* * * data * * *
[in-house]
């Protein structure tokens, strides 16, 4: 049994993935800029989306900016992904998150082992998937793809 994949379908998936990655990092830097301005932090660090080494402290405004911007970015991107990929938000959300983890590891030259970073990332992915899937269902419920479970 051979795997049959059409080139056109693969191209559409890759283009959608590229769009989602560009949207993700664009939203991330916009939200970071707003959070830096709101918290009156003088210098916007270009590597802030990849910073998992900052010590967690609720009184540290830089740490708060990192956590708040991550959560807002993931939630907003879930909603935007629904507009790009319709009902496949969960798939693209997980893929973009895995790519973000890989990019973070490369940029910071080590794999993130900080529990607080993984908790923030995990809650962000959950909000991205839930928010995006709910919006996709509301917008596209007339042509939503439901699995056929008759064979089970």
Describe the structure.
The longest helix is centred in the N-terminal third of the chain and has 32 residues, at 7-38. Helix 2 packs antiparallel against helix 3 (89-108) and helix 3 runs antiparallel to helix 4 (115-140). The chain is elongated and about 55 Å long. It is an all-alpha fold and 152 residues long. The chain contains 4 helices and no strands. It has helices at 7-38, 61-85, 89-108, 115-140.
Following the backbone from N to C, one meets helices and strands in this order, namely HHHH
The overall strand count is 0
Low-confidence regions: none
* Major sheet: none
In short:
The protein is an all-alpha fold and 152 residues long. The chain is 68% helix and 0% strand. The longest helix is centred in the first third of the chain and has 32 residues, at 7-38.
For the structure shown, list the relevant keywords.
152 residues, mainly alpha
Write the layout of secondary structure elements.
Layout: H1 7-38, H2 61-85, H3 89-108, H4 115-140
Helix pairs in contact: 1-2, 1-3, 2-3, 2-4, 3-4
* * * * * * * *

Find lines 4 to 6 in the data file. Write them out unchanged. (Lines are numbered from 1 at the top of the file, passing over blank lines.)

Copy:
The longest helix is centred in the N-terminal third of the chain and has 32 residues, at 7-38. Helix 2 packs antiparallel against helix 3 (89-108) and helix 3 runs antiparallel to helix 4 (115-140). The chain is elongated and about 55 Å long. It is an all-alpha fold and 152 residues long. The chain contains 4 helices and no strands. It has helices at 7-38, 61-85, 89-108, 115-140.
Following the backbone from N to C, one meets helices and strands in this order, namely HHHH
The overall strand count is 0